Is your university helping or hindering your job prospects?

Sep 6, 2013

It may sound odd but your university could be hindering your job prospects if it isn’t teaching you how to get a job.

If you are like the 79% of graduates surveyed by the Confederation of British Industry (CBI) a few years ago you will have gone to university for one reason: to improve your chances of getting a good job. So why is teaching good job skills so overlooked by universities?

Most universities are great at helping students to organise work placements and access industry specific career advice, but comparatively few are effective at helping new graduates develop the skills they need to compete for graduate level jobs.

In a nutshell, it leaves graduates falling short of employers’ expectations. 70% of employers think that graduates come to them ill equipped for the workplace. Graduates have very little in the way of skills and awareness around areas like customer awareness, team working and self management, which employers prize above a degree. Employers will not employ you without experience in these non academic areas.

A few months ago a national survey carried out by the Centre for Learning and Life Chances in Knowledge Economies and Societies (LLAKES), based at the Institute of Education, showed that across the job market there are now more entry level posts requiring degrees than ever before as employers seek out better qualified workers.

So more jobs for graduates – yet more graduates than ever unemployed, around one in five according to the latest figures from ONS.

Graduates don’t measure up

It’s an anomaly that requires urgent attention because

  1. The graduate jobs market is very competitive: competition for graduate jobs is intense and increasing with, as we have seen, up 160 chasing one job, 7.3% still unemployed six months after leaving university and 36% giving up hope of ever finding graduate level employment and settling for just any job.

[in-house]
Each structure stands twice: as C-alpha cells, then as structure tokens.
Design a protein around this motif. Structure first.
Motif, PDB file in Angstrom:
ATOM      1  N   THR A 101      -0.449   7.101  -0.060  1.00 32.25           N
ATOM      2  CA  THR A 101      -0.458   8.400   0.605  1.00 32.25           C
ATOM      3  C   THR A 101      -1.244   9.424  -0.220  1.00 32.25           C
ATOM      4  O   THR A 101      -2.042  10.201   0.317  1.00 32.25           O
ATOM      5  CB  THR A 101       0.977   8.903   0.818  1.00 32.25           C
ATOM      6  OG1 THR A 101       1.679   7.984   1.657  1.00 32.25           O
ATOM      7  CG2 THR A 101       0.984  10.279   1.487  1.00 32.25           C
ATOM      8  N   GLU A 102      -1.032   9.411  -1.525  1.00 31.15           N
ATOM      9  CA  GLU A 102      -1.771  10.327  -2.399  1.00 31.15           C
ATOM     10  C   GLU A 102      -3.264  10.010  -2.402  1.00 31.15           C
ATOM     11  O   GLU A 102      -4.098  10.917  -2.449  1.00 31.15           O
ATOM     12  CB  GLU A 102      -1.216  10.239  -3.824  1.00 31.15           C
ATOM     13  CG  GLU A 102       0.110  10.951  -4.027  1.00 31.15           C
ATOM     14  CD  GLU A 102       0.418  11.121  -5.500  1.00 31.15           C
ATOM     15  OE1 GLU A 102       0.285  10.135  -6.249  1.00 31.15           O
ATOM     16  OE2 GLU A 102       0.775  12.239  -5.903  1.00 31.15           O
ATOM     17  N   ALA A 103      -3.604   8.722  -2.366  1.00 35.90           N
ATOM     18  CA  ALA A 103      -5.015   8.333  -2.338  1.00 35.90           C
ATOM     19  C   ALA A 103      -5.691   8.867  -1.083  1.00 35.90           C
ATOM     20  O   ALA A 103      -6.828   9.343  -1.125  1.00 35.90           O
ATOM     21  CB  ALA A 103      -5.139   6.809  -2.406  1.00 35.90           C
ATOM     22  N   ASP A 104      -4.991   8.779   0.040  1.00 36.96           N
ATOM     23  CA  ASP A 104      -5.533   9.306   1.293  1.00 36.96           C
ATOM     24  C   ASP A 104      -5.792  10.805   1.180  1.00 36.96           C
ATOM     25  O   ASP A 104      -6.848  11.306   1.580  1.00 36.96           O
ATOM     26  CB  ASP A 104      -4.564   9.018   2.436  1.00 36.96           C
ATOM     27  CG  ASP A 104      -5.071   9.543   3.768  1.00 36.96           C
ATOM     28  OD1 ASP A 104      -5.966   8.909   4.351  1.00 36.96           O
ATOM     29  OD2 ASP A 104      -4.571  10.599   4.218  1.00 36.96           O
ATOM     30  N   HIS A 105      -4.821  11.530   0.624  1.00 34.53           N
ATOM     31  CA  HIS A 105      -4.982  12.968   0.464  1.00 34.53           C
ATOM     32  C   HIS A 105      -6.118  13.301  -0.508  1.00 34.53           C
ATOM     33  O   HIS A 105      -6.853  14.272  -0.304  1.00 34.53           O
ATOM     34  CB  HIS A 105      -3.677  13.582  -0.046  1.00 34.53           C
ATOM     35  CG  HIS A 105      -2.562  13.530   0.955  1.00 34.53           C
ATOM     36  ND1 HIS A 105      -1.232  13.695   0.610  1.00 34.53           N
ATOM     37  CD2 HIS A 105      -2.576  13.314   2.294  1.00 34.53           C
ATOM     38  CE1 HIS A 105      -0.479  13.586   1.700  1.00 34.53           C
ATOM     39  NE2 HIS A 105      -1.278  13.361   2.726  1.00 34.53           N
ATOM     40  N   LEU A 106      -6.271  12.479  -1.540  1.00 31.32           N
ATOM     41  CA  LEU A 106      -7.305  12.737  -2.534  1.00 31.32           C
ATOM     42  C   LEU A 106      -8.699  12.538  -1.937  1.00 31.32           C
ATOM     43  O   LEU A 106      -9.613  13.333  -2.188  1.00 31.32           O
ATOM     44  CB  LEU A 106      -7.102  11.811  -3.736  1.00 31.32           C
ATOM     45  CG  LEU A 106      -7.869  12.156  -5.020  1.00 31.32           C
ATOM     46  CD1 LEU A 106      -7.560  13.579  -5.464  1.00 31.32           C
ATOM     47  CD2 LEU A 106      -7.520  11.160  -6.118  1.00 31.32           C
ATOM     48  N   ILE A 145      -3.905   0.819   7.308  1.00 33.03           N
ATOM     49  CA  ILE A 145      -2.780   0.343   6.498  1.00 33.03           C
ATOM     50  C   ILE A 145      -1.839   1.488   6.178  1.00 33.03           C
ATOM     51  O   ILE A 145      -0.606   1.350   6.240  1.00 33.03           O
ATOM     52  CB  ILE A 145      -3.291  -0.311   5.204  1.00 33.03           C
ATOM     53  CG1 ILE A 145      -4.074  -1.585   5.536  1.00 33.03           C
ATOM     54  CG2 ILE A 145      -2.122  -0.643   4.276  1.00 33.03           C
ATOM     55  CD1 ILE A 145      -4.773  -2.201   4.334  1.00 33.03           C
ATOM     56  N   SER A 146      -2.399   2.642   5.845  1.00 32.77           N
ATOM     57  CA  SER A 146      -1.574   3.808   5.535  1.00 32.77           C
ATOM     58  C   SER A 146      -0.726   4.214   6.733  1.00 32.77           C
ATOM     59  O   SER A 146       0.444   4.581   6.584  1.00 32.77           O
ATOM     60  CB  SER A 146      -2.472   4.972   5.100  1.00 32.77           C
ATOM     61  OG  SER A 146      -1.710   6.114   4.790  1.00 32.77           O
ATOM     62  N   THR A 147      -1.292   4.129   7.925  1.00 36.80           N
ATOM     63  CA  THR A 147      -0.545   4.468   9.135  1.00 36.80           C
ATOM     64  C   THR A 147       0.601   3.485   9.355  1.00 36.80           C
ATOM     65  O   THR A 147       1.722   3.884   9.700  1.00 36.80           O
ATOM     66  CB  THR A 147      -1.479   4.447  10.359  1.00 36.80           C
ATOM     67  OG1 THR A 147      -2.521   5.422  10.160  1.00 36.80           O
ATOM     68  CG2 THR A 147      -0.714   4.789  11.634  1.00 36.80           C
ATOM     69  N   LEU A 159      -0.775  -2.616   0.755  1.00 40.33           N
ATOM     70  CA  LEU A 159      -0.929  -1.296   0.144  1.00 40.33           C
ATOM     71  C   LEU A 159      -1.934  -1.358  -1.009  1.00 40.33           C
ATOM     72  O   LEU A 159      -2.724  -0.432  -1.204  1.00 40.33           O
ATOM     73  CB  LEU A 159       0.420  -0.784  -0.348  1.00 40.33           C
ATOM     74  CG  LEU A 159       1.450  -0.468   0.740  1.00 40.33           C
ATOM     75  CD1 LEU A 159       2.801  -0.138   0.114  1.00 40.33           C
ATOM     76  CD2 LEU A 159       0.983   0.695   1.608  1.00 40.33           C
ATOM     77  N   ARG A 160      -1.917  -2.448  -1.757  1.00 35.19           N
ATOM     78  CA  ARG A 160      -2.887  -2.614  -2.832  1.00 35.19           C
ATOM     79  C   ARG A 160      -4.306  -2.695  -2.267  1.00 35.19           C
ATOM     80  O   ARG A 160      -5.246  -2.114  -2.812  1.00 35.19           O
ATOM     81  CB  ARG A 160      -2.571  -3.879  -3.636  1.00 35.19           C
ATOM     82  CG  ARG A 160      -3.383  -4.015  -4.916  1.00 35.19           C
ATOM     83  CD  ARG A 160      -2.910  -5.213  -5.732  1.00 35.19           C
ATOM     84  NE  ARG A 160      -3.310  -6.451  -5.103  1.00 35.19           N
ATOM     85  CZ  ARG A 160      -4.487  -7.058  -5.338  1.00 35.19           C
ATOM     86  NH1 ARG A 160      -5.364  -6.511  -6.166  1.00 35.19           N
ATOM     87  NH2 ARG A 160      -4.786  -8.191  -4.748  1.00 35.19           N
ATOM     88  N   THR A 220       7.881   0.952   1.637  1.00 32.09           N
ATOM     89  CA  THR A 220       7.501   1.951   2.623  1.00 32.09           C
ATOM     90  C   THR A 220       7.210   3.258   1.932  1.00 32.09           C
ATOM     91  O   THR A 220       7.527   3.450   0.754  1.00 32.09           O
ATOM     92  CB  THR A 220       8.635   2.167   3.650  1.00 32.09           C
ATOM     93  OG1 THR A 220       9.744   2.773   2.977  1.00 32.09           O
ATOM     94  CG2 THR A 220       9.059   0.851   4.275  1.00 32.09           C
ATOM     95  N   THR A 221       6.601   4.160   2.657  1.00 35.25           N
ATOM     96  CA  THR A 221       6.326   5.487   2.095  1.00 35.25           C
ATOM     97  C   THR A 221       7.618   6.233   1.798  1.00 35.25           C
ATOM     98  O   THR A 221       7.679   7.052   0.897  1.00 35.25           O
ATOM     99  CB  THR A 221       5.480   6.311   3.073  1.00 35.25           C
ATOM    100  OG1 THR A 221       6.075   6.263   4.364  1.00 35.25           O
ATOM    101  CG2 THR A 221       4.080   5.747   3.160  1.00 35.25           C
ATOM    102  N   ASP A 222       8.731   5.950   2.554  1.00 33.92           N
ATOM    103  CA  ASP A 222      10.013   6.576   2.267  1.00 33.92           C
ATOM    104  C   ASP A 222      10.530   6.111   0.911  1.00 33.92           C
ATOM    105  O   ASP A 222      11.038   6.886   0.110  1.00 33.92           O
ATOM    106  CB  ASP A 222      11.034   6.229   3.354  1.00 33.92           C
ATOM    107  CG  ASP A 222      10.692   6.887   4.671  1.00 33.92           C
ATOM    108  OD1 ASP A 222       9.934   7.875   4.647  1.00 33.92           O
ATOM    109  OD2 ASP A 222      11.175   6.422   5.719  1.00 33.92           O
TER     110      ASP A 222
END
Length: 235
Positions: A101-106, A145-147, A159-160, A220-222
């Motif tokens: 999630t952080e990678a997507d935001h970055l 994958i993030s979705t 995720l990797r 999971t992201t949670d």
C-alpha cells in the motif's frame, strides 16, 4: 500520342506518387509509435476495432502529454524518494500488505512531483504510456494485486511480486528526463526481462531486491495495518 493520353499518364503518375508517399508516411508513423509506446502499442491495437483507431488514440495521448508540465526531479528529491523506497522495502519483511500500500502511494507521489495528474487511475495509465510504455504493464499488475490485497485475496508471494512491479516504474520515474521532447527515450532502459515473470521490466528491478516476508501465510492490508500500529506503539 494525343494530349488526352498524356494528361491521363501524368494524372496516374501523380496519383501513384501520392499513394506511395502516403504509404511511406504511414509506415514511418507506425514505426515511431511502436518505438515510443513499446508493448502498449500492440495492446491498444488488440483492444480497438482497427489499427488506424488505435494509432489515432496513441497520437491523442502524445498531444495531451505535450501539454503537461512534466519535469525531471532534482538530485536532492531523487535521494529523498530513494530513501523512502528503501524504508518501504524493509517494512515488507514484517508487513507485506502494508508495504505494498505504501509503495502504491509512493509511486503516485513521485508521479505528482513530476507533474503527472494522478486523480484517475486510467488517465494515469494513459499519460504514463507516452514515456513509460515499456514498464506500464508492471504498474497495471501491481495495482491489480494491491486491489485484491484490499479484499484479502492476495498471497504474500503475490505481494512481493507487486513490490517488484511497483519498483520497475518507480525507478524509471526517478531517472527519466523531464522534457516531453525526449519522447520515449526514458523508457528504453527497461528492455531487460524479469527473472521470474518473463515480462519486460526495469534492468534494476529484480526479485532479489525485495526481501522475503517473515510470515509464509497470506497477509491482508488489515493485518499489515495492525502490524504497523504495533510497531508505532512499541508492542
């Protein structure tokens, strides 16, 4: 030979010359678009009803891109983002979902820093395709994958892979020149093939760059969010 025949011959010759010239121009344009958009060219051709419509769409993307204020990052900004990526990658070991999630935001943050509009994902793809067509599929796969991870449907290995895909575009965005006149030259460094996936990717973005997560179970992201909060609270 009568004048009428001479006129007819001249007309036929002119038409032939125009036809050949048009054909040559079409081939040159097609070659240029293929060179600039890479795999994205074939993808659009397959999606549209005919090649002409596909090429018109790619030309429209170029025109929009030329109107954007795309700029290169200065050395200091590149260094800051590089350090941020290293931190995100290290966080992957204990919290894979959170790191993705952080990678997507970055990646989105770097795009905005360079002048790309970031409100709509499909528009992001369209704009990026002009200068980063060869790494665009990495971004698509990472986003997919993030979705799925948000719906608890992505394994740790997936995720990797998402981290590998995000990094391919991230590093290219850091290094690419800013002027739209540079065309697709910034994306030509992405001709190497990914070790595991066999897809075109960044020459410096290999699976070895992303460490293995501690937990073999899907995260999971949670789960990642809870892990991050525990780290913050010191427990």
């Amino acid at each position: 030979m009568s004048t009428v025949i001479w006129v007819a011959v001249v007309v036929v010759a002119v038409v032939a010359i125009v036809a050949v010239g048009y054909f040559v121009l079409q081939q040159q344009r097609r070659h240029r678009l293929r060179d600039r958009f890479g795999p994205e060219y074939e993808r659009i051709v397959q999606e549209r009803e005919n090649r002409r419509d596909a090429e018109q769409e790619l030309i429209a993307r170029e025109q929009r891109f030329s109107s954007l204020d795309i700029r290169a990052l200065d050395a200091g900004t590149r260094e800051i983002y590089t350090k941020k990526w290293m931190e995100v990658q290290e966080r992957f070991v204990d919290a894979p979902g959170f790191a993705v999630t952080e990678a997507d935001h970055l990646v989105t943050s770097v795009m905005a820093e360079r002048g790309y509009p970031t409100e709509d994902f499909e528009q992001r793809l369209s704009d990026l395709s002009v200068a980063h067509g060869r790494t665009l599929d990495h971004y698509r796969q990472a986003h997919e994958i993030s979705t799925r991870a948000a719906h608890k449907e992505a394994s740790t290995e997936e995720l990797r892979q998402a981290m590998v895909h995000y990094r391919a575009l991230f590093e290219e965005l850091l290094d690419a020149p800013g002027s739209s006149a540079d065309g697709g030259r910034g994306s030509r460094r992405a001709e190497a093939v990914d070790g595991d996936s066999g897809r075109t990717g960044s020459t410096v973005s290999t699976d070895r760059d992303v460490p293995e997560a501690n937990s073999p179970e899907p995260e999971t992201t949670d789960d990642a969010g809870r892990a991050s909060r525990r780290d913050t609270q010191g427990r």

2. Employers want graduates who are employable: employability skills are the single most important consideration for employers when recruiting graduates. In fact 82% of employers say this and believe that graduates need to pro-actively develop relevant employability skills.
  3. Graduates want help to become employable: the graduates interviewed in the CBI research also believe they struggle to get graduate level jobs because they are ill prepared for the jobs market. Of the 2,614 surveyed, 66% want more help to develop these skills and 57% want that help to come from their universities.

As a result the CBI has been calling on all universities to do more both to explain and embed the teaching of employability skills into course structures. Working with the National Union of Students (NUS), the business support think tank developed a guide to show how these skills can be gained aside from university coursework, such as by participating in societies, volunteering and doing work experience.

Aaron Porter, NUS National President, said: ‘Access to higher education opens the doors to a world of possibility but it is incumbent on universities to do more to equip their students to face the challenges the future brings.’

So what’s your university doing to assist you to get ready for the workplace and to compete against other graduates? This should be one of the questions that you ask when considering which university to go to. If it isn’t offering much in the way of teaching you about employability skills like customer services, business awareness, enterprise, self management, and problem solving, then it isn’t really helping your career at all.

If you are already at university and yours isn’t doing much, complain loudly.

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